Which is why I sometimes have improv teachers visit my classes, too. Once, I had a clowning teacher, Sarah French, visit a poetry workshop; she passed a piece of cloth around the room, and you couldn’t know what you were going to do with the cloth when it got to you. If you had an idea as you were approaching it, you had to get rid of that and start from absolutely nothing. At every moment you couldn’t know. And I think that’s just a great practice—it’s so close to both humor and tragedy. How little can we know, when we sit down at the page?
MMRight, cultivating negative capability.
CBYes. Which is why I haven’t yet finished my prose book. Because I guess I’m better at asking than answering….
Can I ask you something? What I’m concerned about, with this book at this moment, is: what does it matter? I don’t think the poems are bad poems, but the world is in such bad shape. The book is basically a portrait of a mind in action. And in this moment, I just feel that’s not what we need, because the world is so changed—maybe we need action, not the mind in action. I guess I’m wondering if it seems inessential.
MMI feel strongly the opposite. It feels like a book about what it means to live at a sort of fulcrum. There’s the personal fulcrum of being caught between the adult son and the dying father, but there’s also the historical fulcrum of living during a time of profound political and ecological disaster. And the whole middle section feels to me explicitly very socially-minded—it’s explicitly about feeling called to civic action. The book also makes a case for humor, empathy and thinking as antidotes to violence and intolerance, I think. And then there are the specific people you invoke, like Rorty and Levinas, these philosophers whose work is all about the ethics of living among others. The questions in the book are actually almost exclusively social, ethical questions.
I think and hope that’s true. But I couldn’t find my way to see it, because I’m still so close to the act of making.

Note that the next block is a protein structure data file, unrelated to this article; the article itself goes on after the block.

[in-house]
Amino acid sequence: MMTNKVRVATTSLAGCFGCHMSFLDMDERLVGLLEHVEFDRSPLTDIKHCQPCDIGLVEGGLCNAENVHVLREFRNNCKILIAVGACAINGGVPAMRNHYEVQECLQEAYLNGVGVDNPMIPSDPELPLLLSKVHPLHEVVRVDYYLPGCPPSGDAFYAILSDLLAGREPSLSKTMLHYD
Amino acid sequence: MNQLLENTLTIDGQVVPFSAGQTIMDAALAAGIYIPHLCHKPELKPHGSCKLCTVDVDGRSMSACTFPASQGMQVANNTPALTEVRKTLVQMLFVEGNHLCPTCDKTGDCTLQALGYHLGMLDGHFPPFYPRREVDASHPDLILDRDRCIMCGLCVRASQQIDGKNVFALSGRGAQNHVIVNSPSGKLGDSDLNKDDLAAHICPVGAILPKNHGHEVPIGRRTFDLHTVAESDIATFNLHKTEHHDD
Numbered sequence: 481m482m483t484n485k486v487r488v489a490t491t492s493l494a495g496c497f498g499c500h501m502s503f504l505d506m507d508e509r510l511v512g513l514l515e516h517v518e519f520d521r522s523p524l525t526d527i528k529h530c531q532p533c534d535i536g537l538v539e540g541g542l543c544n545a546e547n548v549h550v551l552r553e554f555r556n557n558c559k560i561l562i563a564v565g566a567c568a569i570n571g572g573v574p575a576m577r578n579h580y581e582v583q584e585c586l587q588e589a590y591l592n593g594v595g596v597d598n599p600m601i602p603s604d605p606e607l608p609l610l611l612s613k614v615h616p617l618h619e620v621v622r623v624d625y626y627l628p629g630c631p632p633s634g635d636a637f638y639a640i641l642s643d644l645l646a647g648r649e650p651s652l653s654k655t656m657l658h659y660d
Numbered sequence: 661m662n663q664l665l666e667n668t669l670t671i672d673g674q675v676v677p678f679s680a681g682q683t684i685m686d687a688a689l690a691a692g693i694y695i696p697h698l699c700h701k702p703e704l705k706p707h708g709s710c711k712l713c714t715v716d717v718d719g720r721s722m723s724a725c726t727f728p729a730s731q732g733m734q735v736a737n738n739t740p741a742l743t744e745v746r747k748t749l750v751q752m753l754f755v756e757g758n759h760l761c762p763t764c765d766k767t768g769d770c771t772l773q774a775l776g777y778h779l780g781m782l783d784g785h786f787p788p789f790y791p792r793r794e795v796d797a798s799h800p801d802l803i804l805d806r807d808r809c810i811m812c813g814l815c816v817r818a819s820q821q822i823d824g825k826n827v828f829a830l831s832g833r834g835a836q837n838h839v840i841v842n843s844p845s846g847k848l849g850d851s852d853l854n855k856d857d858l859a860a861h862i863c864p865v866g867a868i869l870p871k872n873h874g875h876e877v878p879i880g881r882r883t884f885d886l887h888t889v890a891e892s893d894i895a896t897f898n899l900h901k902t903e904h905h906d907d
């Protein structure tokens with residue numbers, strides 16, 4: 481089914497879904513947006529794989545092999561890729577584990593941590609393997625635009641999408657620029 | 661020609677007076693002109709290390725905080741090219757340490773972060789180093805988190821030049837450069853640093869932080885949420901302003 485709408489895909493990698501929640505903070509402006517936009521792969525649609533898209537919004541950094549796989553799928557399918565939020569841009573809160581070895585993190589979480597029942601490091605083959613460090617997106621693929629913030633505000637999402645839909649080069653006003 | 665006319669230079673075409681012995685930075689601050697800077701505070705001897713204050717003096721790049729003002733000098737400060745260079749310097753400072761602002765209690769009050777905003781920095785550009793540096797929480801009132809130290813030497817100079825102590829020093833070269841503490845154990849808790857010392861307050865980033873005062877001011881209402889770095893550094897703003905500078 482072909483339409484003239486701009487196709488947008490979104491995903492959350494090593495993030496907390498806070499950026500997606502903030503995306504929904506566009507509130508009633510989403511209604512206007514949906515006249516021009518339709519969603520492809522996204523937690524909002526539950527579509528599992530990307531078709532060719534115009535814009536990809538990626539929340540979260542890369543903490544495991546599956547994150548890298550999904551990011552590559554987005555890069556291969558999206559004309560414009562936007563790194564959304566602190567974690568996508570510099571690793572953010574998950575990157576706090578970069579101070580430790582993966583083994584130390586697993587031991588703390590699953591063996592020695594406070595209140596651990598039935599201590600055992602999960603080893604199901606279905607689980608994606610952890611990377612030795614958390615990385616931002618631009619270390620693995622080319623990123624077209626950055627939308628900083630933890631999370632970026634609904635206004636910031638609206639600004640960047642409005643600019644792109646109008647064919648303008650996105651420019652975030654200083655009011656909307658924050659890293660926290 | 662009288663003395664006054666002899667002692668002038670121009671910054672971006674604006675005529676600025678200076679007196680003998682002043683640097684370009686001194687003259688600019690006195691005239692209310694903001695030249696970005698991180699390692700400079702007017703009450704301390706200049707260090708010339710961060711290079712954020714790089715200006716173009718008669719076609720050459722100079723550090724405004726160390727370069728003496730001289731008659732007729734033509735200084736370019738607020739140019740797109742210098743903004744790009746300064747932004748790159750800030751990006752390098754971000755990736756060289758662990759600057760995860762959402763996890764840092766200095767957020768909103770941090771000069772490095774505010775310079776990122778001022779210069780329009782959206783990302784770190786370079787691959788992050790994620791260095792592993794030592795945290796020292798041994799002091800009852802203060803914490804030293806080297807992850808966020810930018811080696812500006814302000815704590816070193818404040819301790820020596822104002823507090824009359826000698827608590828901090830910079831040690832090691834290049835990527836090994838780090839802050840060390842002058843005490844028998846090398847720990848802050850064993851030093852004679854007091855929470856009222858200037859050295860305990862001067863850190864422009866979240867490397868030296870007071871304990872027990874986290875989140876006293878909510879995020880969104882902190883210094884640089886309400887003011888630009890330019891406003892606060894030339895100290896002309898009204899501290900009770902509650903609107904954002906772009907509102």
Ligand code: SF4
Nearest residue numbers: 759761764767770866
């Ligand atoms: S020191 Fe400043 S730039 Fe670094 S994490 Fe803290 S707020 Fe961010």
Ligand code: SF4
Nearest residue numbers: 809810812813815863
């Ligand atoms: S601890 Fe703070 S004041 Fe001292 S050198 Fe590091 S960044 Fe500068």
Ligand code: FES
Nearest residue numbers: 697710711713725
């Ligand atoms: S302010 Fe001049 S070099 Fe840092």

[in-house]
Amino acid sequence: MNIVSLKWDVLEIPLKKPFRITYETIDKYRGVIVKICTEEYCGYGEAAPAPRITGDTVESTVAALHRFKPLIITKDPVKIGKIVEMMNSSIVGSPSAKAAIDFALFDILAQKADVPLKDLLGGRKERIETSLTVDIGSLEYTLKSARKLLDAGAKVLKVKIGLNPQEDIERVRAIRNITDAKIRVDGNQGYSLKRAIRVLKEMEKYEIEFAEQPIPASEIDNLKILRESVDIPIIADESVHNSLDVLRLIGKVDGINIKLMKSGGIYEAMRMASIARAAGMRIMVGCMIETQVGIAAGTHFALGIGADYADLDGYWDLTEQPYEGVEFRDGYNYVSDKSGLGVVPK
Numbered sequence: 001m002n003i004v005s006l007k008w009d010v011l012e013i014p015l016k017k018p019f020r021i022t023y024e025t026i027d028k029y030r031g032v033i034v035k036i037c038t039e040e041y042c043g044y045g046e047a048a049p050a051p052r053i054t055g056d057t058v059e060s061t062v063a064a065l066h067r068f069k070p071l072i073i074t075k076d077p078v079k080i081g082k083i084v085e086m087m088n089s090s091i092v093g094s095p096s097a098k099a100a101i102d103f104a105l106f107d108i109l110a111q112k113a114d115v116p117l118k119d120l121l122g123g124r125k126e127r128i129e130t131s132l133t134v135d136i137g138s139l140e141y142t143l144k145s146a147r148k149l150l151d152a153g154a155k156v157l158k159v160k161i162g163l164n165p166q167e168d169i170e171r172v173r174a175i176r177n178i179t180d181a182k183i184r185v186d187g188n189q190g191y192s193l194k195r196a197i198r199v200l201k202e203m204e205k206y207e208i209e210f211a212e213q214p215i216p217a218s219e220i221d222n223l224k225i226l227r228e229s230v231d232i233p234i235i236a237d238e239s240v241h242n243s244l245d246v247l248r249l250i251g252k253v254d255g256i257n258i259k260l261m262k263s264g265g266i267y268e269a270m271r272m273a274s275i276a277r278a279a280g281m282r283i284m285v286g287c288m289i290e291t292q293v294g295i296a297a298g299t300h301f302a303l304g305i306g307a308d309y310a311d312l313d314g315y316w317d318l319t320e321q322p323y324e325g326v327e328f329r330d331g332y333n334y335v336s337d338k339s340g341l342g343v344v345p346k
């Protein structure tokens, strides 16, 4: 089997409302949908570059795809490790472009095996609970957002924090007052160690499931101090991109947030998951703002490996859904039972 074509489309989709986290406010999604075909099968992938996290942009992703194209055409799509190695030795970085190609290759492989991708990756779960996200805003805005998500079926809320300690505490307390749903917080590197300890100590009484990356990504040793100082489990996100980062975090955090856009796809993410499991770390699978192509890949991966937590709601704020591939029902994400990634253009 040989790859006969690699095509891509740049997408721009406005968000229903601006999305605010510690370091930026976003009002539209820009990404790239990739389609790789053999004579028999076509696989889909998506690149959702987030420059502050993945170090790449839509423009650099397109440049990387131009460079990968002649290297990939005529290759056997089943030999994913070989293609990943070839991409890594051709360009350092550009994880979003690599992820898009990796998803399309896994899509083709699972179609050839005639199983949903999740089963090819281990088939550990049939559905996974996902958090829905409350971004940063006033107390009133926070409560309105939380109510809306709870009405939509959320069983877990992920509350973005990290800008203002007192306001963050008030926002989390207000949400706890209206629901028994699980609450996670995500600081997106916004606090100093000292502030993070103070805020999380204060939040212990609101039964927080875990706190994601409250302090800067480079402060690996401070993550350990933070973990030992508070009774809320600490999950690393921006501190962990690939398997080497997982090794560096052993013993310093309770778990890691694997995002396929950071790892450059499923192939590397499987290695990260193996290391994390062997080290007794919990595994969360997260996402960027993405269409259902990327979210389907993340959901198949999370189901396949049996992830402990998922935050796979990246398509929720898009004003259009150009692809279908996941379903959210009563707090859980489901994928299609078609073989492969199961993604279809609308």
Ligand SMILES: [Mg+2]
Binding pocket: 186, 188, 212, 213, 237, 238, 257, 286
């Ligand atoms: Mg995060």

MMSpeaking of ethics, I’m wondering about the combination of strangeness and intelligibility in these poems; on the one hand, you take these unpredictable leaps between images and references, but on the other, the train of thought is always easy to follow. Do you feel a sense of responsibility to make things clear for your readers?
CBI’m interested in what kinds of hinges you can make between parts, whether they’re sonic or syntactic or through repetition or song. I like things to have a kind of flow, a feeling of connectedness. Some of that comes from reading Kathleen Peirce’s The Oval Hour and watching how her syntax (some of which is borrowed directly from Augustine’s Confessions) asserts its own argument; the words filling that syntax are sort of unrelated to the argument that the syntax itself is making. I find that thrilling to the brain, those two systems in a kind of tension. And looking at drafts helped me learn how to do it—watching how Plath moves in her drafts, for example.
MMIs it right to characterize this as a book about loneliness?
CBIt is definitely a book not about but of loneliness. Sometimes I say to myself, “How many more days alone do I get?” I mean it in a positive way. I know people are afraid of being alone, and I probably am also, but when you are writing, you really aren’t alone. There’s such an other there. And then all of these other voices: my beautiful students, and my poet-friends, and lovers, and my family, of course—and these other texts. There was something that I read that Marilynne Robinson said about Dickinson and loneliness: “And of course, loneliness by itself is not sufficient. But on the other hand, when you have no contingency of that kind [contingency of relationship], you actually find out what you think. You become aware of your consciousness as a mysterious other.” Isn’t that great? It explains so much of why I love solitude and am not afraid of the kind of loneliness that’s in the book, which is just being alone. Marilynne Robinson is talking about Dickinson, but it also feels like a comment on the fact that we lose a lot by needing to be alone to work. We give up so much. It’s a wonderful feeling, that kind of studious solitude—but it is at a cost.
MMEspecially thinking about people like Rilke, who neglect their families in the pursuit of art.CBRight. And the question of “contingency of relationship” is interesting, because I didn’t actually start writing poetry until the night my son was born, and now he’s just moved into his own apartment.
MMDid you literally start writing poetry the night he was born?